The Falklands War was a remarkable episode in the history of three countries: Great Britain, Argentina and the Falkland Islands. It brought about fundamental changes in each case. It was a dazzling military accomplishment too, and because of the intense worldwide media interest at the time the detailed record now available provides a unique case study for historians to examine a small war from every conceivable angle; militarily, politically, and sociologically.
In Britain at that time, the Thatcher government was falling rapidly in public opinion polls and was facing the prospect of losing the next election after just one very difficult term in office. Margaret Thatcher was propelled into two further terms in office by the decisive leadership she had shown and by the sense of national regeneration and optimism following victory in the South Atlantic.
Argentina had been ruled by a brutal and bloody military dictatorship which had launched the invasion in a desperate attempt to shore up popular support. It worked; the nation rallied behind the Junta in an outpouring of nationalistic pride. Their defeat led directly to the end of military rule and the establishment of democracy in that country. However, it did not mean the end of Argentine aspirations over the Falkland Islands.
The Falkland Islands was seemingly forgotten and unwanted, and starved of investment by absentee landlords. Very few people in Britain even knew where the Falklands were. The invasion and subsequent liberation changed everything. The Islanders found a new sense of vitality, made economic and political reforms, and over the following twenty years turned their country into a prosperous place to be, with a bright future.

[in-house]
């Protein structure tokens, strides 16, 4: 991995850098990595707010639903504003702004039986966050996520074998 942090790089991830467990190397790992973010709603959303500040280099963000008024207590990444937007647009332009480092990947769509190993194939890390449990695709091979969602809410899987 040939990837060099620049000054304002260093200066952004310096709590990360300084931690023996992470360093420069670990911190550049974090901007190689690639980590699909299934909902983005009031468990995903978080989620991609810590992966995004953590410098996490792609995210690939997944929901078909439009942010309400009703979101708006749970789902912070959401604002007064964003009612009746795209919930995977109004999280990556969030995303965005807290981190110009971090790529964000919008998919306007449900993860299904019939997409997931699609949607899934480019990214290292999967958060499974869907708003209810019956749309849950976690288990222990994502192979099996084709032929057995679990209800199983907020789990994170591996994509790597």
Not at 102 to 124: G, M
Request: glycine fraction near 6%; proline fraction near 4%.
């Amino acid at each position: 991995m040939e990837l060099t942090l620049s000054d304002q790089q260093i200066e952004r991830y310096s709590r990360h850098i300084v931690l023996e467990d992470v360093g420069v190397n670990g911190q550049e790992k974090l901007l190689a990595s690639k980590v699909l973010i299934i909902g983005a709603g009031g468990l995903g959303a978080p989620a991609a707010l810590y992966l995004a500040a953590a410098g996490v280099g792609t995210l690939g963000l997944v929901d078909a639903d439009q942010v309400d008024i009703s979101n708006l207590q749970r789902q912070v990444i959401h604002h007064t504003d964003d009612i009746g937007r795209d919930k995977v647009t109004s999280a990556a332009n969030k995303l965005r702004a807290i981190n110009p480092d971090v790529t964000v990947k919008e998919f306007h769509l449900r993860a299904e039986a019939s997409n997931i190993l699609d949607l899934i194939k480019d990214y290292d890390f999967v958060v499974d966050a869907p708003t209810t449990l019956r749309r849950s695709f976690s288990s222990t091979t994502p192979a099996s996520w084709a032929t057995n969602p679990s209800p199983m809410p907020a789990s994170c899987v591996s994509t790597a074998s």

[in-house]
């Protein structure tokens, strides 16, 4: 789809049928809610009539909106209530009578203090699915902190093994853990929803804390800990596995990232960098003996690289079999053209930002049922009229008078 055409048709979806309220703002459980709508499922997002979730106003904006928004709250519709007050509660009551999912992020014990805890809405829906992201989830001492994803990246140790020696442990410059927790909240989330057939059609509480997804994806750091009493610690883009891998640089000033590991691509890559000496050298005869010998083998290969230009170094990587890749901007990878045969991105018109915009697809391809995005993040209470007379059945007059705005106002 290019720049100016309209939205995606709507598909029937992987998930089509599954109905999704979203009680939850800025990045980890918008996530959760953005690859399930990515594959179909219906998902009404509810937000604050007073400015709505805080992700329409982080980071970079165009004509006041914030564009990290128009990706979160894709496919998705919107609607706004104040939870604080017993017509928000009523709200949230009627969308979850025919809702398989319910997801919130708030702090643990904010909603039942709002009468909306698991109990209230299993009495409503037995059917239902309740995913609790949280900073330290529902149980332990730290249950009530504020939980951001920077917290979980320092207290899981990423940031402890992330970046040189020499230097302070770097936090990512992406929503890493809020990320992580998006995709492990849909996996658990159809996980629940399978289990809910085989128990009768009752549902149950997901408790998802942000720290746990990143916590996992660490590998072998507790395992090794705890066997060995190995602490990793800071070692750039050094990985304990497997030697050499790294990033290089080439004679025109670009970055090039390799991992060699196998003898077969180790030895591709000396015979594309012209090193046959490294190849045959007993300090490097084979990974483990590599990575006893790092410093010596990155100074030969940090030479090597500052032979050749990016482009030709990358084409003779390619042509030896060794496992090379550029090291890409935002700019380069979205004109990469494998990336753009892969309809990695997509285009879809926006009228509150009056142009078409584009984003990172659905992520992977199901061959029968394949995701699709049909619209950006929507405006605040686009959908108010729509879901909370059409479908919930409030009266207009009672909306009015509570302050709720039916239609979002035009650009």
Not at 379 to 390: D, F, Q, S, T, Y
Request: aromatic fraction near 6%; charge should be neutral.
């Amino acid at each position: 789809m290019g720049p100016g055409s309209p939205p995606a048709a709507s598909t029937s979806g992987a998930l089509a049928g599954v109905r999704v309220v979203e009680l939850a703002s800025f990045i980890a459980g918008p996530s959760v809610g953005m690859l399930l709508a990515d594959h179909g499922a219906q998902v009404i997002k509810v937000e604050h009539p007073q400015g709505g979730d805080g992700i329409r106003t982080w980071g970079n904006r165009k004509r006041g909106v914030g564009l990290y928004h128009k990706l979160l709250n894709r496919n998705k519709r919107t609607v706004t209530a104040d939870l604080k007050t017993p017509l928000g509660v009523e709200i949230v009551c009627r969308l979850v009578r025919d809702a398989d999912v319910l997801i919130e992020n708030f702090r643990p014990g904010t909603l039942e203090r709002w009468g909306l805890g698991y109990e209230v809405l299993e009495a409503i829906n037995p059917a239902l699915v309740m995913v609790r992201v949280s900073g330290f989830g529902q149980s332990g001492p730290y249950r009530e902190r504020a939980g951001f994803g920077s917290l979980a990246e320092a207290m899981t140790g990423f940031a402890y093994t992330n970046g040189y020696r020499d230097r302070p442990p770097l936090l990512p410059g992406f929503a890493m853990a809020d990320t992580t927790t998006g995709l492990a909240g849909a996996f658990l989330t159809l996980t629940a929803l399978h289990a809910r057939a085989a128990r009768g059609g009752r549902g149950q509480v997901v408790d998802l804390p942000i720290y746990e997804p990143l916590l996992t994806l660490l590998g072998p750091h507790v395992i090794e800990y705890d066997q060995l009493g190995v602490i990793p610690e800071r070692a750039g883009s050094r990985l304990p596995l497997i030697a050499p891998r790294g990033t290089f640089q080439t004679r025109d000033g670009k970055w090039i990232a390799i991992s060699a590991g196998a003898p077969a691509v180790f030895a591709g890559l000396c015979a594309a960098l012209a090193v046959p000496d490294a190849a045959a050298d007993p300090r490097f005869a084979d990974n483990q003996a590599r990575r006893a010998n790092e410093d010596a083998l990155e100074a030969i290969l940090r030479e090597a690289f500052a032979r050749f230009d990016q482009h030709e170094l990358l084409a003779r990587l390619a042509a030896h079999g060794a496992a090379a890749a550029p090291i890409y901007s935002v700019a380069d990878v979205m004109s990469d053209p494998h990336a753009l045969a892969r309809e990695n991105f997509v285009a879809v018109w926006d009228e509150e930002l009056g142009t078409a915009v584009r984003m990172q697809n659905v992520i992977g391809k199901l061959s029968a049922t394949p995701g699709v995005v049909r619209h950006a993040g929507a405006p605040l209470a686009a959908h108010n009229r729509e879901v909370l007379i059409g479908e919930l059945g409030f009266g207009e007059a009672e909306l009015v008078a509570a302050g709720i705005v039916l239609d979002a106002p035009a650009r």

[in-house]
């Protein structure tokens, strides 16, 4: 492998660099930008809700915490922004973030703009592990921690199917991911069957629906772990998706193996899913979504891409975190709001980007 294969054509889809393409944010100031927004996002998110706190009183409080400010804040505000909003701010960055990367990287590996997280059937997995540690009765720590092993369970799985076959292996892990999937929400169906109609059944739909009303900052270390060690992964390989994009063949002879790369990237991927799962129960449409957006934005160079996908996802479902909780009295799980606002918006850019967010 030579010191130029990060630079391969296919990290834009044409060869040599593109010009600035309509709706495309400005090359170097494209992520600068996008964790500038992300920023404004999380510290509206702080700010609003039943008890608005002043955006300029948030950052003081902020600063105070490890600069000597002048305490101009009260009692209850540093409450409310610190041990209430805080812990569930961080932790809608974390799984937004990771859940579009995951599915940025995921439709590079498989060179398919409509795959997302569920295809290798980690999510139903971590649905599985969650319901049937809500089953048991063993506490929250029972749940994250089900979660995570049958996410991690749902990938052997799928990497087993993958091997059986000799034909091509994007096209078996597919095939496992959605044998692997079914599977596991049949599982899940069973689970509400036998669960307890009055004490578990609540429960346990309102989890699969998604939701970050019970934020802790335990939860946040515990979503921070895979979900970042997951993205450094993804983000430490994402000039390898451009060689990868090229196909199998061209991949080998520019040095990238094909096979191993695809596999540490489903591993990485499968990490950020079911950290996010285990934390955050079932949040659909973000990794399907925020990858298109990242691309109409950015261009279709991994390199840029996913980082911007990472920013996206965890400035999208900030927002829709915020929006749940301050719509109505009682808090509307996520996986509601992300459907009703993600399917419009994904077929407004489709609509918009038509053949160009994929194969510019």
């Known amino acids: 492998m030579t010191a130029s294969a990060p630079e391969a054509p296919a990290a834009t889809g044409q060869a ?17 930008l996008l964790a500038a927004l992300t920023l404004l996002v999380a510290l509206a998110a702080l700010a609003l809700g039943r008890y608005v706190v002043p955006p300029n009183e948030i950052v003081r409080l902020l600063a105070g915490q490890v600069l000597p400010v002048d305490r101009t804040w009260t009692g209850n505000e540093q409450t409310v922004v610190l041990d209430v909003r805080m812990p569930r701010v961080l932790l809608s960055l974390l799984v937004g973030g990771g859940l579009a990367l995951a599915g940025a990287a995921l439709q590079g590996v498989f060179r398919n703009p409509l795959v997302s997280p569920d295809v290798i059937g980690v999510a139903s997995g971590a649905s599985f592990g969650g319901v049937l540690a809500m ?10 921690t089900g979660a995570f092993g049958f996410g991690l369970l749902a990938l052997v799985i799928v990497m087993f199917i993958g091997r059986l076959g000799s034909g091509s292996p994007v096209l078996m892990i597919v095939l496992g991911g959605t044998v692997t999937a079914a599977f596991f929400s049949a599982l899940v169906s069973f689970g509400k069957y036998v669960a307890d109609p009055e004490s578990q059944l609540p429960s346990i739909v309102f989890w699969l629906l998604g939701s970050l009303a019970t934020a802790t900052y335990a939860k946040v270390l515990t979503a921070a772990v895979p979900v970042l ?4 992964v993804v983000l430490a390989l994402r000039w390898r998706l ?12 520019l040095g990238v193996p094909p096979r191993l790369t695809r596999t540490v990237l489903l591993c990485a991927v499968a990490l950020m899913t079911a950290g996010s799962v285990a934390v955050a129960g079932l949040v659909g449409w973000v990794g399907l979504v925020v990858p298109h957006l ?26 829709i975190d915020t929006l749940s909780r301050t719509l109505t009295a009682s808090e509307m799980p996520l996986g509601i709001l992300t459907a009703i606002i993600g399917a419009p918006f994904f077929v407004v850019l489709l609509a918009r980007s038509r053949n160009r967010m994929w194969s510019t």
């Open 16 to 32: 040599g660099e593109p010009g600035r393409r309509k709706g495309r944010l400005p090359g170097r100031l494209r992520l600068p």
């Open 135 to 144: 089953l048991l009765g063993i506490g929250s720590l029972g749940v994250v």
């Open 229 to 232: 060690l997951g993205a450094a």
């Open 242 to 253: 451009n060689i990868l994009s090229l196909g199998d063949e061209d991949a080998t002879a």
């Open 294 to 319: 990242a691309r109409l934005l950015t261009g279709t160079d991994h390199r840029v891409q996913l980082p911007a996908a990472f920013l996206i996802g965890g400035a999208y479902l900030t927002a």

As a military venture, Argentina made a number of catastrophic errors. Errors of judgement, errors of timing, errors of tactics, and errors of leadership. Despite all that they still had all the advantages, and once in possession of the Islands they should have been unmovable. Britain had to send a hastily assembled fleet half way round the globe, with minimal support at such extreme range, make a hazardous amphibious landing, and assault well-established defences to recapture the Islands.
In accomplishing that objective, Britain showed the value of a well-trained, well-led professional force. The task force, as it was called, comprised around 100 ships of all shapes and sizes, many requisitioned and still crewed by civilians, and altogether almost 30,000 men and women. They were awarded the South Atlantic Medal for their part in the war. The South Atlantic Medal Association (1982) and this website are theirs, and this is their story.